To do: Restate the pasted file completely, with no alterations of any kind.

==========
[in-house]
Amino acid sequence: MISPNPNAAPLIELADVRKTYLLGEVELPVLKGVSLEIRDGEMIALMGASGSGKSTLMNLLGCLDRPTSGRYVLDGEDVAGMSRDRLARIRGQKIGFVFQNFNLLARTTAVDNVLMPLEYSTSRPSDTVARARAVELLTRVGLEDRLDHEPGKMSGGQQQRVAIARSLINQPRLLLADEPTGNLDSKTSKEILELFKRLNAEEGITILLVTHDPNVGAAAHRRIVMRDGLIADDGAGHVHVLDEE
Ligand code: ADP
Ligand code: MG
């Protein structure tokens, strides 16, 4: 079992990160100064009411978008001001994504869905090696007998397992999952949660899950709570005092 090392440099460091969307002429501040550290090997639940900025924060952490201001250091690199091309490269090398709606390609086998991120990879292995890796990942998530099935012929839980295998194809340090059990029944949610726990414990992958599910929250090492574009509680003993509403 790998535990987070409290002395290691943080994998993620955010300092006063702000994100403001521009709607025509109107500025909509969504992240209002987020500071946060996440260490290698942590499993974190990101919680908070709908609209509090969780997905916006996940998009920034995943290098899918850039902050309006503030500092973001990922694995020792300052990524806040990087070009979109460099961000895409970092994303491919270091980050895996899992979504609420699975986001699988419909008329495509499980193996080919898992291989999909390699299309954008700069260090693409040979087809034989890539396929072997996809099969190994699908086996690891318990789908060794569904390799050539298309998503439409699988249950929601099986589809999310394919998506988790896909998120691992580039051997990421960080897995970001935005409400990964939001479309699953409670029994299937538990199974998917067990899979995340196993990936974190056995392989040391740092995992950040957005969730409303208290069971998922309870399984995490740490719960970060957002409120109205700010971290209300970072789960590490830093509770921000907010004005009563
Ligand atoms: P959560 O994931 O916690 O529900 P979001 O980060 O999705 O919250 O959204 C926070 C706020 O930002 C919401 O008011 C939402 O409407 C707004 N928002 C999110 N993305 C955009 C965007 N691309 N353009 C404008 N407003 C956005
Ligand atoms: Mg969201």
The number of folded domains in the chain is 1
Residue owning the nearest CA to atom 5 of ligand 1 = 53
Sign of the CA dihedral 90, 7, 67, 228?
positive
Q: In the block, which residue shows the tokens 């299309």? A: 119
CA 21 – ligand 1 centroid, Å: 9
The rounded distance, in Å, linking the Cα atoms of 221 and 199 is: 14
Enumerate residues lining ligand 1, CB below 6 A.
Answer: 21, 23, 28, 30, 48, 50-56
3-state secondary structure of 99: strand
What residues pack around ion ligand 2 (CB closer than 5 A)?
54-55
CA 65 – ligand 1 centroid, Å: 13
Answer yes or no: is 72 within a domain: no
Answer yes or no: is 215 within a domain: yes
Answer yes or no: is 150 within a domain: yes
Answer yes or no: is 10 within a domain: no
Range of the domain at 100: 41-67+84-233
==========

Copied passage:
[in-house]
Amino acid sequence: MISPNPNAAPLIELADVRKTYLLGEVELPVLKGVSLEIRDGEMIALMGASGSGKSTLMNLLGCLDRPTSGRYVLDGEDVAGMSRDRLARIRGQKIGFVFQNFNLLARTTAVDNVLMPLEYSTSRPSDTVARARAVELLTRVGLEDRLDHEPGKMSGGQQQRVAIARSLINQPRLLLADEPTGNLDSKTSKEILELFKRLNAEEGITILLVTHDPNVGAAAHRRIVMRDGLIADDGAGHVHVLDEE
Ligand code: ADP
Ligand code: MG
């Protein structure tokens, strides 16, 4: 079992990160100064009411978008001001994504869905090696007998397992999952949660899950709570005092 090392440099460091969307002429501040550290090997639940900025924060952490201001250091690199091309490269090398709606390609086998991120990879292995890796990942998530099935012929839980295998194809340090059990029944949610726990414990992958599910929250090492574009509680003993509403 790998535990987070409290002395290691943080994998993620955010300092006063702000994100403001521009709607025509109107500025909509969504992240209002987020500071946060996440260490290698942590499993974190990101919680908070709908609209509090969780997905916006996940998009920034995943290098899918850039902050309006503030500092973001990922694995020792300052990524806040990087070009979109460099961000895409970092994303491919270091980050895996899992979504609420699975986001699988419909008329495509499980193996080919898992291989999909390699299309954008700069260090693409040979087809034989890539396929072997996809099969190994699908086996690891318990789908060794569904390799050539298309998503439409699988249950929601099986589809999310394919998506988790896909998120691992580039051997990421960080897995970001935005409400990964939001479309699953409670029994299937538990199974998917067990899979995340196993990936974190056995392989040391740092995992950040957005969730409303208290069971998922309870399984995490740490719960970060957002409120109205700010971290209300970072789960590490830093509770921000907010004005009563
Ligand atoms: P959560 O994931 O916690 O529900 P979001 O980060 O999705 O919250 O959204 C926070 C706020 O930002 C919401 O008011 C939402 O409407 C707004 N928002 C999110 N993305 C955009 C965007 N691309 N353009 C404008 N407003 C956005
Ligand atoms: Mg969201």
The number of folded domains in the chain is 1
Residue owning the nearest CA to atom 5 of ligand 1 = 53
Sign of the CA dihedral 90, 7, 67, 228?
positive
Q: In the block, which residue shows the tokens 């299309």? A: 119
CA 21 – ligand 1 centroid, Å: 9
The rounded distance, in Å, linking the Cα atoms of 221 and 199 is: 14
Enumerate residues lining ligand 1, CB below 6 A.
Answer: 21, 23, 28, 30, 48, 50-56
3-state secondary structure of 99: strand
What residues pack around ion ligand 2 (CB closer than 5 A)?
54-55
CA 65 – ligand 1 centroid, Å: 13
Answer yes or no: is 72 within a domain: no
Answer yes or no: is 215 within a domain: yes
Answer yes or no: is 150 within a domain: yes
Answer yes or no: is 10 within a domain: no
Range of the domain at 100: 41-67+84-233